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The Rallye Monte-Carlo
that was won without studs

The Rallye Monte-Carlo that was won without studs 01

On roads that are a skating rink, thanks to frequent ice and snow. Most hazardous of all is verglas, as the French call it: the insidious phenomenon that we know as black ice. This can suddenly appear even on roads that were completely dry up to that point, and it’s easy to imagine the terror on encountering it at the speeds that drivers easily reach on the ‘Monte’. As a result, the tyres play an even more important role than usual.

That was as true at the end of January 1995 as it is now. But the difference is that these days, it’s almost hard to remember just how cold and snowy some of the previous editions of the traditional season-opener used to be. 

These were conditions that Carlos Sainz loved. We’re not talking about the current Formula 1 driver, but his father of course: one of the top stars of world rallying, who won the championship in 1990 and 1992. By the 1995 Monte-Carlo he was driving the legendary Subaru Impreza 555, complete with its Pirelli tyres. The previous year, the Spaniard had just missed out on the title, after going off the road just a few corners from the end of the season-closing Rally Great Britain.

Sainz arrived in Monte-Carlo at the beginning of the next year with just one clear objective: victory. He needed to win, just to lay down his statement of intent for the season. Carlos was the perfect poster boy for Pirelli: he had made a decisive contribution to the development of the P Zero range for rallying, which in a number of situations had made the difference compared to rivals; especially when it came to versatility and grip in highly slippery conditions.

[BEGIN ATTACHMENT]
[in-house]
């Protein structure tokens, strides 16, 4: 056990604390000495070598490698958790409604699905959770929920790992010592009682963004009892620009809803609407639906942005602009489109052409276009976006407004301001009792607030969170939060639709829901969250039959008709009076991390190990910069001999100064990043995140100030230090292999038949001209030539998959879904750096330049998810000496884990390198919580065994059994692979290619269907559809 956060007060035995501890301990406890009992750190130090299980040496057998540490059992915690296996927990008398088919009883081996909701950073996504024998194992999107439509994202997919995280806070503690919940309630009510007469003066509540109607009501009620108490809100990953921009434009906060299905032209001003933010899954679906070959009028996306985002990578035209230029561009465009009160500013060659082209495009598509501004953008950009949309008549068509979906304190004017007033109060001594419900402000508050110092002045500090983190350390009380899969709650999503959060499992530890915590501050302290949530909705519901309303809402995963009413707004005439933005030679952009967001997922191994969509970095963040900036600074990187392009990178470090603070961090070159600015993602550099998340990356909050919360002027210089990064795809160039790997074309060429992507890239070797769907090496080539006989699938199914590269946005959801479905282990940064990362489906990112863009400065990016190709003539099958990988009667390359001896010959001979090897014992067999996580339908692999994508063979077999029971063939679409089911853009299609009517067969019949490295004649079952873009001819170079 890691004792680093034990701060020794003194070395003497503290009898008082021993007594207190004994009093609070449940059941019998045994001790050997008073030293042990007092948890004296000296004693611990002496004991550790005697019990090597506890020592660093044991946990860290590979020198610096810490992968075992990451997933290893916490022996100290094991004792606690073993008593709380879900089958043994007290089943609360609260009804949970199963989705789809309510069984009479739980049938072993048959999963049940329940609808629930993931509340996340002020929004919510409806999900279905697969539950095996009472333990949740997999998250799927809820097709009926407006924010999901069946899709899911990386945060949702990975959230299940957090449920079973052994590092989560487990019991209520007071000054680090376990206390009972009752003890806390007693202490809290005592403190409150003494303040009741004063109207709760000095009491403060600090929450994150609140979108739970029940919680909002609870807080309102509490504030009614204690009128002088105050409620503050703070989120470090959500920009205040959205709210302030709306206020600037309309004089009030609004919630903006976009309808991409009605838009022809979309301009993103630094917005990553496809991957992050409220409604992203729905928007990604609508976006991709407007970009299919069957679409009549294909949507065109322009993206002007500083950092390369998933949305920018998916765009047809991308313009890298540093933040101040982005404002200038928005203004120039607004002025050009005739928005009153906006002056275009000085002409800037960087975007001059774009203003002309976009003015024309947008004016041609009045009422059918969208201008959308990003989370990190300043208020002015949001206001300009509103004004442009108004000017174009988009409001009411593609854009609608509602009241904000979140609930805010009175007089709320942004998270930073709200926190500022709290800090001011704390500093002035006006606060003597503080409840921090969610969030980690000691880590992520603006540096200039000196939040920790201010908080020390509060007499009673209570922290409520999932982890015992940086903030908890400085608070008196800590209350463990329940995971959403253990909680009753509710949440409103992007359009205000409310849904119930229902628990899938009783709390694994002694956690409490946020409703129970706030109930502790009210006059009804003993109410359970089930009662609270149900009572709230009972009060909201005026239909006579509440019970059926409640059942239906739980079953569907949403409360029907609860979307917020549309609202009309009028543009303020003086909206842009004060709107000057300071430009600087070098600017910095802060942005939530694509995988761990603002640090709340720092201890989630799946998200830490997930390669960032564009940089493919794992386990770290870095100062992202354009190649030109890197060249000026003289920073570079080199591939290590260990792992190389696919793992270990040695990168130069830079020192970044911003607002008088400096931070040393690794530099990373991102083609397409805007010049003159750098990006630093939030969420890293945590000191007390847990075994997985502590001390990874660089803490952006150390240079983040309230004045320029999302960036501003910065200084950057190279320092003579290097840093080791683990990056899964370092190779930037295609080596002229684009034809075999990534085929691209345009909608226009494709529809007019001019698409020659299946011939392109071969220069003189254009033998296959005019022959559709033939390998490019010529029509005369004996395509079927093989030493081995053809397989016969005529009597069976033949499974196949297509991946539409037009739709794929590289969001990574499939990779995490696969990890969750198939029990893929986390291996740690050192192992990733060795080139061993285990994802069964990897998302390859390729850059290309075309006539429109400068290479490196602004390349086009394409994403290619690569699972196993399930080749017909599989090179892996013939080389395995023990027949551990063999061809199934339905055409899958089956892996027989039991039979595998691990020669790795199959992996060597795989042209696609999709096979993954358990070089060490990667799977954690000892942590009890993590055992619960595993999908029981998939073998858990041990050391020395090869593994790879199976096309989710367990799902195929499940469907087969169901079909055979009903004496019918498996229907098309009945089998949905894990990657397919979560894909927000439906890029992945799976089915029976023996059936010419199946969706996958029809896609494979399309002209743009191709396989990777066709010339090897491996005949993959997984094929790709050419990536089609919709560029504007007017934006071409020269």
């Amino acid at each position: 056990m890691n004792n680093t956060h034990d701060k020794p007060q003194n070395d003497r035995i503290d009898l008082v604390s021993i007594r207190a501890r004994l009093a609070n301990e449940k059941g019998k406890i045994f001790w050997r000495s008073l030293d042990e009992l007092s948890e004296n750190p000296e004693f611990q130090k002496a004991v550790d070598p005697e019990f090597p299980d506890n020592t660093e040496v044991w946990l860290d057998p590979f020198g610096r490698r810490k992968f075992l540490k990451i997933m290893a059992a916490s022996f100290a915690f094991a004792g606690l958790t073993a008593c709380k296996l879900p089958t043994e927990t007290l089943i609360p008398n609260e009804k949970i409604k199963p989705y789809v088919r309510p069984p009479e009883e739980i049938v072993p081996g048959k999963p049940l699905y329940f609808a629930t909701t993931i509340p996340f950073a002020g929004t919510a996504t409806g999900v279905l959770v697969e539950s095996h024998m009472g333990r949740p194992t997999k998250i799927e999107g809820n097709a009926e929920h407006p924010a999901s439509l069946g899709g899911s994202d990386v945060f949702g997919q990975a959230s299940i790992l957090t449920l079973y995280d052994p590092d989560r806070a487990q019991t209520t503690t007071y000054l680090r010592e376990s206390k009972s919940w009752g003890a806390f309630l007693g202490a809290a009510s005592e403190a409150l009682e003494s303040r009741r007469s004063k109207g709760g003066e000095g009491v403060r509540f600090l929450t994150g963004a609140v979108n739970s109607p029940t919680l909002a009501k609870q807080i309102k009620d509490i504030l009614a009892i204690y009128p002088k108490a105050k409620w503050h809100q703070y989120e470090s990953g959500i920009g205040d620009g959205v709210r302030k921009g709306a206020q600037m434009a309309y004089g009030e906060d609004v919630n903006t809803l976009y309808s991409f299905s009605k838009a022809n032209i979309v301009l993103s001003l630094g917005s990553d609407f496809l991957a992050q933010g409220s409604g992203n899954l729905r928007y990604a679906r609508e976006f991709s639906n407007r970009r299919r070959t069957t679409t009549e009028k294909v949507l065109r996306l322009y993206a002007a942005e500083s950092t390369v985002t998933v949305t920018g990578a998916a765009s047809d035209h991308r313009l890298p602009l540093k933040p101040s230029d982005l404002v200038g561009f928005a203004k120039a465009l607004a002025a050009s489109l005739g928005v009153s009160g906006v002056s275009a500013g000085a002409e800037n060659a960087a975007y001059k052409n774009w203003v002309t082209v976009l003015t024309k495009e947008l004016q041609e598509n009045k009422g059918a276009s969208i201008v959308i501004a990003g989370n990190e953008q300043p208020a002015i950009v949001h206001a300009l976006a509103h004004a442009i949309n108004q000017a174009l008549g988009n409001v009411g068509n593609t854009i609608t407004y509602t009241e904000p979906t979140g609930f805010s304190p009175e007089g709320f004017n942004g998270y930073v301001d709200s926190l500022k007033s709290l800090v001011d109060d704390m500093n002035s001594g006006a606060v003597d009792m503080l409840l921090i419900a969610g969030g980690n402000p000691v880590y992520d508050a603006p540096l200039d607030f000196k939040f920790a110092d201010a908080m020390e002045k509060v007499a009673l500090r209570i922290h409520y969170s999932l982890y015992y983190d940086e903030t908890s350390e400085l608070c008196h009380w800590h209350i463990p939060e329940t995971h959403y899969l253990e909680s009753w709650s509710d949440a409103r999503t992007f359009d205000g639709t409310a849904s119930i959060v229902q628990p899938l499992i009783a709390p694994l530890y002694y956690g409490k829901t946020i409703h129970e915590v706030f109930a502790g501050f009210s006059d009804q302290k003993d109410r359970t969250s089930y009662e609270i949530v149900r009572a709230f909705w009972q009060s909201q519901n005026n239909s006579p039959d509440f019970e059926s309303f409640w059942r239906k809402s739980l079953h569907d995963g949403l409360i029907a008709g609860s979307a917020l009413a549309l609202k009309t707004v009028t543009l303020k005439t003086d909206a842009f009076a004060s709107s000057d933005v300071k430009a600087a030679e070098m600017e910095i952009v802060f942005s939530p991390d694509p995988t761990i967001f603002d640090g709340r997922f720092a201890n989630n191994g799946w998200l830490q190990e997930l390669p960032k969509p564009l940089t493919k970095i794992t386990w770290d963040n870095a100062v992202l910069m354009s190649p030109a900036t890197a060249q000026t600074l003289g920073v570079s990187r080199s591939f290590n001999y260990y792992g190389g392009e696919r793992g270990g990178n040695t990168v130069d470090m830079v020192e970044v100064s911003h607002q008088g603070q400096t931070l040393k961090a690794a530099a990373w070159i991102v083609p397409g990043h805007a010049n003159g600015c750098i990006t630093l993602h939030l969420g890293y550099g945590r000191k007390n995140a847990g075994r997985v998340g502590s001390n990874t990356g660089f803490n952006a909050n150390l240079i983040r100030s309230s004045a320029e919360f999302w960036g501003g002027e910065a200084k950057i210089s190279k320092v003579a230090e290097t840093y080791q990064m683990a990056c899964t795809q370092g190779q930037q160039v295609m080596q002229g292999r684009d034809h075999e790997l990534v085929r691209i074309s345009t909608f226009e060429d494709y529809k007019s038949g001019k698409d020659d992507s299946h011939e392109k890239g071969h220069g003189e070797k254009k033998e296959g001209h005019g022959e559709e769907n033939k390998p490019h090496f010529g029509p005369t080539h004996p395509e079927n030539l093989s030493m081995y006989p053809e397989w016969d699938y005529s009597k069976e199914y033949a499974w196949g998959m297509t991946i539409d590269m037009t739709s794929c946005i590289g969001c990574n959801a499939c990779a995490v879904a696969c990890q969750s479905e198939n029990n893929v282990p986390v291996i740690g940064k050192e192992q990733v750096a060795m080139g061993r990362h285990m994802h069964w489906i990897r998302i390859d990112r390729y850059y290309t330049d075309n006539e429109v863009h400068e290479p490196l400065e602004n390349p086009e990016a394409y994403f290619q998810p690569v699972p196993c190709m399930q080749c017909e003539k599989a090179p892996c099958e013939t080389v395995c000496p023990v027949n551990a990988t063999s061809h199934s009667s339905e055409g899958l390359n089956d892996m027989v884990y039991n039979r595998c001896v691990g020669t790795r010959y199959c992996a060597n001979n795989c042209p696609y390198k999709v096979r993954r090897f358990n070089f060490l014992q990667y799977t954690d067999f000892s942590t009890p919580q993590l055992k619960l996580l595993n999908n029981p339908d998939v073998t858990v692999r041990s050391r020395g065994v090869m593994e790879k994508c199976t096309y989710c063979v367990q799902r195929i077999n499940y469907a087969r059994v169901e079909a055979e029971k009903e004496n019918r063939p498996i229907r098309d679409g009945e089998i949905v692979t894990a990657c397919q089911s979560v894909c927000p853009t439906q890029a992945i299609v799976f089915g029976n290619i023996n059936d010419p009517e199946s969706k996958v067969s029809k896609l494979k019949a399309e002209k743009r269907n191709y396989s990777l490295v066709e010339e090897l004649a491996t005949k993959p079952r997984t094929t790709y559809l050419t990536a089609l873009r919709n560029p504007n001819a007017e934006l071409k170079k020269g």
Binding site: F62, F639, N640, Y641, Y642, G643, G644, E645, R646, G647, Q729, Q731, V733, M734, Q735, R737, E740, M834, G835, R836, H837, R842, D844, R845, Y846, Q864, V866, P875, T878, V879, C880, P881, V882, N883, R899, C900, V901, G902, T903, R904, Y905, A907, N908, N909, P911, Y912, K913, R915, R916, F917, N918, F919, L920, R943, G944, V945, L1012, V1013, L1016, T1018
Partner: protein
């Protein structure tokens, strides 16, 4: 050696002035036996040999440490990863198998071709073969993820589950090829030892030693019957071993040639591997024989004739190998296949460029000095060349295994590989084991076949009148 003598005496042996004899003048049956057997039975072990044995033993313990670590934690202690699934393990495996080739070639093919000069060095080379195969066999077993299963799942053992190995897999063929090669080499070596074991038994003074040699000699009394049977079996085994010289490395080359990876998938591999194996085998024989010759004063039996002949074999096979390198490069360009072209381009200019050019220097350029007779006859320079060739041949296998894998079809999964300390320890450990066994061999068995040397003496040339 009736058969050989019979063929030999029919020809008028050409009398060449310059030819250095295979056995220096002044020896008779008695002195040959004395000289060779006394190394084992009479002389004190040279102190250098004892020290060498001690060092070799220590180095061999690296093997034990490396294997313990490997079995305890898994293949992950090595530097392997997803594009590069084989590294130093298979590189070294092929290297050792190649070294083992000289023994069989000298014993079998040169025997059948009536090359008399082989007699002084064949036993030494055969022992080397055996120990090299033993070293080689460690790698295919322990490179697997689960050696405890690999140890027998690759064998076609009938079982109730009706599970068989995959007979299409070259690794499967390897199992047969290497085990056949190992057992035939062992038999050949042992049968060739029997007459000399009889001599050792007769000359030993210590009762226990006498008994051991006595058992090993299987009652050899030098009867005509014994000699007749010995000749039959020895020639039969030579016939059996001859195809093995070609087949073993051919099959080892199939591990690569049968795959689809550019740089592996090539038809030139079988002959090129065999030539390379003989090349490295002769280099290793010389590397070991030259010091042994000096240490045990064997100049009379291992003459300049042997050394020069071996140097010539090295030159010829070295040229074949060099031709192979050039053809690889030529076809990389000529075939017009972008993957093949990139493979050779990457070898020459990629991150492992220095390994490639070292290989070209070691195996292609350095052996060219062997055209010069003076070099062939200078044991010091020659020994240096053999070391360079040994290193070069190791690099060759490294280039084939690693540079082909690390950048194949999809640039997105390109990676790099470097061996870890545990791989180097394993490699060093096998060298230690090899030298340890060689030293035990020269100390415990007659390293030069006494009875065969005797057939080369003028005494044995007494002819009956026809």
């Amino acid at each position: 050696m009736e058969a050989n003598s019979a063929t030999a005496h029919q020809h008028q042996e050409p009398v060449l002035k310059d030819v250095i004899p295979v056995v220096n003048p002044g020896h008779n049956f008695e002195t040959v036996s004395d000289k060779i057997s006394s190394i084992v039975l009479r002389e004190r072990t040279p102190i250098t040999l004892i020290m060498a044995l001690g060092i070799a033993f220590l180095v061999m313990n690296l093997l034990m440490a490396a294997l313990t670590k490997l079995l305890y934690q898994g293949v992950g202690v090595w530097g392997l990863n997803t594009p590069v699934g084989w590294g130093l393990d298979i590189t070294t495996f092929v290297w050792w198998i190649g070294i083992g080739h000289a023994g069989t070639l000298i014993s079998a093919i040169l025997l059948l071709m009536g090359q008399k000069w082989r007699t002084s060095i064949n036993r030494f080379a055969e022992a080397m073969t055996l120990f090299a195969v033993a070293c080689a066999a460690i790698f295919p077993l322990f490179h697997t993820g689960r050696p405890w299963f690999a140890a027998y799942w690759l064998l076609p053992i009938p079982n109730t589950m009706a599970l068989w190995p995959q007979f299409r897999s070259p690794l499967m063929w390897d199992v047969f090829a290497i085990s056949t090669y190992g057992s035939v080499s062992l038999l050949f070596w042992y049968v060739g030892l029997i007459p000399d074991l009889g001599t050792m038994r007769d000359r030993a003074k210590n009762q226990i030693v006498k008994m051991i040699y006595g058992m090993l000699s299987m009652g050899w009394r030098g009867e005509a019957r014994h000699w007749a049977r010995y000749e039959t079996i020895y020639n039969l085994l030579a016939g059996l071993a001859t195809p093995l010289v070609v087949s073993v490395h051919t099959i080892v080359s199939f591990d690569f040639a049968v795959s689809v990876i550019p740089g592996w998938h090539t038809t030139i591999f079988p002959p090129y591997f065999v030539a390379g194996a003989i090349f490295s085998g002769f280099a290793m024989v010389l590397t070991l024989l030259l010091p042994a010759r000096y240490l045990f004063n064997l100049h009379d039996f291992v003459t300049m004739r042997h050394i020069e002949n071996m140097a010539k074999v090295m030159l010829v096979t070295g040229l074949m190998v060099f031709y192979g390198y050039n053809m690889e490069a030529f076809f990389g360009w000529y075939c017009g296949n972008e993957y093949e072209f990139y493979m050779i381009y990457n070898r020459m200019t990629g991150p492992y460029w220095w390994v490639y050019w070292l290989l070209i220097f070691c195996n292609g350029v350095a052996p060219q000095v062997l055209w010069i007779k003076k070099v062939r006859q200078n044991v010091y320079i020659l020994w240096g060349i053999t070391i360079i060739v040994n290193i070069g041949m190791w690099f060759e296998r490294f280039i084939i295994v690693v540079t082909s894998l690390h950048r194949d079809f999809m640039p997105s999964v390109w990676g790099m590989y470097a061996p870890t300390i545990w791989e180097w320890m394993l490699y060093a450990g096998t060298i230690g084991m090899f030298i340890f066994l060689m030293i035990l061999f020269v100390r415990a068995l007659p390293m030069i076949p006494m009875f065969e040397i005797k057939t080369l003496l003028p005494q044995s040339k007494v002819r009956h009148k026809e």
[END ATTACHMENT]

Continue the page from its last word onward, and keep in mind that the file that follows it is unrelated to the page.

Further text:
And for that Rallye Monte-Carlo, Pirelli had a special tyre up its sleeve, called the RT95 and distinguished by a particular feature designed for the tricky mountain roads above the Principality. It had no studs.

The Rallye Monte-Carlo that was won without studs 02

Providing maximum grip against the snowy and icy surface was just the tread pattern, but with a special construction and specific winter compound that was designed to cut through every hazard, however marginal the conditions.

In the world of rallying, it was a true revolution. On Rallye Monte-Carlo, the famous stages on the final night of action consist almost exclusively of steep climbs towards the top of a Col, followed by a rapid descent afterwards. These ups and downs contain a very wide variety of conditions: from dry asphalt, to wet asphalt, to snow and ice. But once you get to the very top, snow and ice is virtually guaranteed. If you use studded tyres, it’s a tricky compromise: they’re great for the snow and ice at the top, but in the places that are drier you have to go slower. Otherwise, you risk losing the studs – which will then turn the snowy bit at the top into a drama.

The final night of the rally: Sainz headed into it leading. When the route reached the epic Col de Turini, the conditions turned into a real brain-teaser. The ascent was mostly wet asphalt, there were four kilometres of full snow at the top of the Col, then on the way down it was 80% wet asphalt, with just the final three kilometres in dry conditions.

Go! And Sainz proved his mastery. Where there wasn’t snow he was flying, and when he got to it he limited the damage thanks to the winter compound that nonetheless provided good grip. By the end of the rally, he had a 17-second cushion over his key rival, France’s Francois Delecour, in a Ford Escort Cosworth (the previous year’s winner). It was the first time that a driver had ever dared to tackle a partially snowy Turini using a tyre without studs: therefore, closely related to a road car tyre. Sainz pulled it off, winning a legendary Rallye Monte-Carlo with a champion’s drive.

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